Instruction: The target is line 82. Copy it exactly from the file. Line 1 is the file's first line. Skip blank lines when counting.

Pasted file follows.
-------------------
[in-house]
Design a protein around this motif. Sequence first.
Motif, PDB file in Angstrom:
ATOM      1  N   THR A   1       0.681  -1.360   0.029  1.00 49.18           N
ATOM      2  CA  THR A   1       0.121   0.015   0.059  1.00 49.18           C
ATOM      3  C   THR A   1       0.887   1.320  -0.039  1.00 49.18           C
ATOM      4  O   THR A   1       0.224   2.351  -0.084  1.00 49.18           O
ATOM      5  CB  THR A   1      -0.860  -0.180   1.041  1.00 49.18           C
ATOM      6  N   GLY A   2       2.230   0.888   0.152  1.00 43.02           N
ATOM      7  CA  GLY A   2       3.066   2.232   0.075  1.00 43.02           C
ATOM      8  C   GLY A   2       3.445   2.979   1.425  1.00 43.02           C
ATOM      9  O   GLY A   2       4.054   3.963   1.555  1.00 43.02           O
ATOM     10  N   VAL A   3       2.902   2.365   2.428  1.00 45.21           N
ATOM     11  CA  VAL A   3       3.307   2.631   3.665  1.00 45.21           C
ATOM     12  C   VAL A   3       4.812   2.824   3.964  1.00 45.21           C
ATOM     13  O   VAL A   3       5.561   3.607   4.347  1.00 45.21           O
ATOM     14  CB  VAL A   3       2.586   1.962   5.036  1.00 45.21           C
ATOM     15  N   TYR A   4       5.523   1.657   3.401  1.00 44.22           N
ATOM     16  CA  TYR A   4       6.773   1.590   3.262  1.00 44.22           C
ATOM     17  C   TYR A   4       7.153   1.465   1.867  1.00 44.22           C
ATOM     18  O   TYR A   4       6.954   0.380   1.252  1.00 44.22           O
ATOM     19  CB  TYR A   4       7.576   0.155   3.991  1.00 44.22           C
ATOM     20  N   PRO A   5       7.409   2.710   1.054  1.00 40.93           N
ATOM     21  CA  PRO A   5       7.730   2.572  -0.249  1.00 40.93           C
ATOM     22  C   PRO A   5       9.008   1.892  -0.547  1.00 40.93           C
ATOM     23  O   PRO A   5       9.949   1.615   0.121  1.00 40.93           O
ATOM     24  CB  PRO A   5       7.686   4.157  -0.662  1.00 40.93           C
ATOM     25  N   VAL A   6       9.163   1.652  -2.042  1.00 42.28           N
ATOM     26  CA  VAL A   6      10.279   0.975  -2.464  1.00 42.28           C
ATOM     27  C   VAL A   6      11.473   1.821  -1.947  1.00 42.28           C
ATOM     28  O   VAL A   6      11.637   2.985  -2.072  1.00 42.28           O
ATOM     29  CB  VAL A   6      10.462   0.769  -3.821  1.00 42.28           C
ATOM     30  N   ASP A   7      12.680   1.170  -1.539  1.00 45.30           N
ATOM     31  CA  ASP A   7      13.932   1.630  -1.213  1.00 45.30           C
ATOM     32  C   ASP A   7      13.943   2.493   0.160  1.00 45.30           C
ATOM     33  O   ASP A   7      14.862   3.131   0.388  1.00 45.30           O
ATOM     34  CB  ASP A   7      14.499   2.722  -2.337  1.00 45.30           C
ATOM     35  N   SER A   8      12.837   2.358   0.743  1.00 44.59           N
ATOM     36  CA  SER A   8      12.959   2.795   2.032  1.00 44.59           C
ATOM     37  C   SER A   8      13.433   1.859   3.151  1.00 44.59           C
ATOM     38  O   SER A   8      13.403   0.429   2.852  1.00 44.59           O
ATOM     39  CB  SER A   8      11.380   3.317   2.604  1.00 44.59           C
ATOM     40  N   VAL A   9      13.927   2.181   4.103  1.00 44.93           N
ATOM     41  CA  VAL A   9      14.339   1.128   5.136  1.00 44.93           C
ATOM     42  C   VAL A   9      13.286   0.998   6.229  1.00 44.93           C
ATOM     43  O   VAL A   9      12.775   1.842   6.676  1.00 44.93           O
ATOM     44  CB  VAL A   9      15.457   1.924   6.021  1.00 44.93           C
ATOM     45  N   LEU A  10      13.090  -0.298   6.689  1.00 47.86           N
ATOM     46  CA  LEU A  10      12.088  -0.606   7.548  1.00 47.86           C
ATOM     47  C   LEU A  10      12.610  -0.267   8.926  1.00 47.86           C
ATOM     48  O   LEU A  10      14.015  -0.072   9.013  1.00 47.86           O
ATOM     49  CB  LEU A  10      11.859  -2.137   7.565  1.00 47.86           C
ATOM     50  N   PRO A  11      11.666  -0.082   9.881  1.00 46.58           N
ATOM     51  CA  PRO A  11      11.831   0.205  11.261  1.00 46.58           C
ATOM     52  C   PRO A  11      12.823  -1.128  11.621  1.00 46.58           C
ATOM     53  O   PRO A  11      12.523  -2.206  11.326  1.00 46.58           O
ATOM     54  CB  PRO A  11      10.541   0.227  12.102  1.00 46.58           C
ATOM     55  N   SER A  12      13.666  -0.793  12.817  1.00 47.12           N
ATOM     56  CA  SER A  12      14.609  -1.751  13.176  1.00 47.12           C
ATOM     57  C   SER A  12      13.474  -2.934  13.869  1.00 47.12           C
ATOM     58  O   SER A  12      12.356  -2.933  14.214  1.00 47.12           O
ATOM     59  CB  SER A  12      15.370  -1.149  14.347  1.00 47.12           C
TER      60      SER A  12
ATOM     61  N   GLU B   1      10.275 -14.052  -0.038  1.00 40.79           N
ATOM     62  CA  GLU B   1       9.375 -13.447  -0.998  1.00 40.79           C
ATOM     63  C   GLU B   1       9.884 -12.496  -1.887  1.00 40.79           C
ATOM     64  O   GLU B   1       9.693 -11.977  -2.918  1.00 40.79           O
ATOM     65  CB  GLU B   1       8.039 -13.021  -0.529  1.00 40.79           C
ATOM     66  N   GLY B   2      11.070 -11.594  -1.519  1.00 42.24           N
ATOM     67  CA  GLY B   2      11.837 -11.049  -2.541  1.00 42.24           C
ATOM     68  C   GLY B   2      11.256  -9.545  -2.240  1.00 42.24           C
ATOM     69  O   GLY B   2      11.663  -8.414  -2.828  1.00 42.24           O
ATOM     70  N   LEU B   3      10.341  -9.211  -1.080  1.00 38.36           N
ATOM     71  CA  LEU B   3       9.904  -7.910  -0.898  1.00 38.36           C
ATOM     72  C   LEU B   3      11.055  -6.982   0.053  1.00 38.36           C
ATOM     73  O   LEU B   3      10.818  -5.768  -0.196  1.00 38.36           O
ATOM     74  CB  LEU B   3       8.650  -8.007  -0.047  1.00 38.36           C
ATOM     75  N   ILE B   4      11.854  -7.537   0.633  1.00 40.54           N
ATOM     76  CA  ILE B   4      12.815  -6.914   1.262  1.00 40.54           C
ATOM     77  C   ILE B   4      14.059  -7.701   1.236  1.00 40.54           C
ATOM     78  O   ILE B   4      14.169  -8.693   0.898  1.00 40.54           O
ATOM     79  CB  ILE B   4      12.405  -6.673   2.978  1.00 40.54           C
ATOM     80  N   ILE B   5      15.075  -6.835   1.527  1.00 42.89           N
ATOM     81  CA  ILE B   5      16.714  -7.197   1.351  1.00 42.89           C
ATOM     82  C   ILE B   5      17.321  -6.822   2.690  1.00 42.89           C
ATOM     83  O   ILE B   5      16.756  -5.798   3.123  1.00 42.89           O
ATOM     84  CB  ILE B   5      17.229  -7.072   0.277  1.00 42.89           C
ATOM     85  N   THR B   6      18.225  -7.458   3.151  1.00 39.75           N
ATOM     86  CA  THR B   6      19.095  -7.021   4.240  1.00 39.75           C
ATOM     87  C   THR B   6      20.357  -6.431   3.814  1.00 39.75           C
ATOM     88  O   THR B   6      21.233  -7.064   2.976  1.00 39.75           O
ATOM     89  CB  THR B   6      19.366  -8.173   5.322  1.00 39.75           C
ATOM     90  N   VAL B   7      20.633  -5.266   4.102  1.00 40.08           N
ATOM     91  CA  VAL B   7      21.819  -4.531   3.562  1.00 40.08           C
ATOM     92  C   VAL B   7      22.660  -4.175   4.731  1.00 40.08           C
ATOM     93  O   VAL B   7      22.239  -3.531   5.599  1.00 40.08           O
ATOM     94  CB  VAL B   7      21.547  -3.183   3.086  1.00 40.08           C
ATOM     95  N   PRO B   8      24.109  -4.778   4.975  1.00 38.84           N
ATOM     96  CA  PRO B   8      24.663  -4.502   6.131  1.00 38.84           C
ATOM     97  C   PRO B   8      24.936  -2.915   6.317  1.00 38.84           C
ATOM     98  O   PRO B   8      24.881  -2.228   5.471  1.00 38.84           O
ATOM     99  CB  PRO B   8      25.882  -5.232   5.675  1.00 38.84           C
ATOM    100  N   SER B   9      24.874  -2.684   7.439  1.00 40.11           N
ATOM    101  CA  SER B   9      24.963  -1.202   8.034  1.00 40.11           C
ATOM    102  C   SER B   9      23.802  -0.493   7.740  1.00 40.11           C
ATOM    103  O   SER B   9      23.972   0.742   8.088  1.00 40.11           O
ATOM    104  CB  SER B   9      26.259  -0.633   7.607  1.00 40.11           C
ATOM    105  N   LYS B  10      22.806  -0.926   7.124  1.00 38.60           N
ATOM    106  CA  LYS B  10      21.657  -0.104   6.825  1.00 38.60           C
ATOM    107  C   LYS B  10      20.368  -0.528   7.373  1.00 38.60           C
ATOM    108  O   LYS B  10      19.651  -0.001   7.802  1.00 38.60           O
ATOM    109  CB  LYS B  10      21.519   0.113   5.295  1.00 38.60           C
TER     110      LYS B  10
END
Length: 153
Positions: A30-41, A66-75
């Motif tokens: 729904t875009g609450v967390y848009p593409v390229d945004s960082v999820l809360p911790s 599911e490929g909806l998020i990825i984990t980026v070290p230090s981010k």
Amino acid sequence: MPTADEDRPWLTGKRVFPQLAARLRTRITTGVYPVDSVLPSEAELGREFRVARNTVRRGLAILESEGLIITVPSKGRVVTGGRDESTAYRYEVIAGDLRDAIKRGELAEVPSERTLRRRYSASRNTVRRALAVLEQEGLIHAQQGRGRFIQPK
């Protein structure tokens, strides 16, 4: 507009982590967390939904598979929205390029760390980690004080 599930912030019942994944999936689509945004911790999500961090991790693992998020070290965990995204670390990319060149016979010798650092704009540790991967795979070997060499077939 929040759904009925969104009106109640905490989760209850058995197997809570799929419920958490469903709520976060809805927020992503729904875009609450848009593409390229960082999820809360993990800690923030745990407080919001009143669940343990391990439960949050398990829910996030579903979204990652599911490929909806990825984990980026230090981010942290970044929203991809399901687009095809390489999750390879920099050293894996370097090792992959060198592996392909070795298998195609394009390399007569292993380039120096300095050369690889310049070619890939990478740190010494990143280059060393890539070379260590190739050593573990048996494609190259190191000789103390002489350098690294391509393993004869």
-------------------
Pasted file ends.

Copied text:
ATOM     79  CB  ILE B   4      12.405  -6.673   2.978  1.00 40.54           C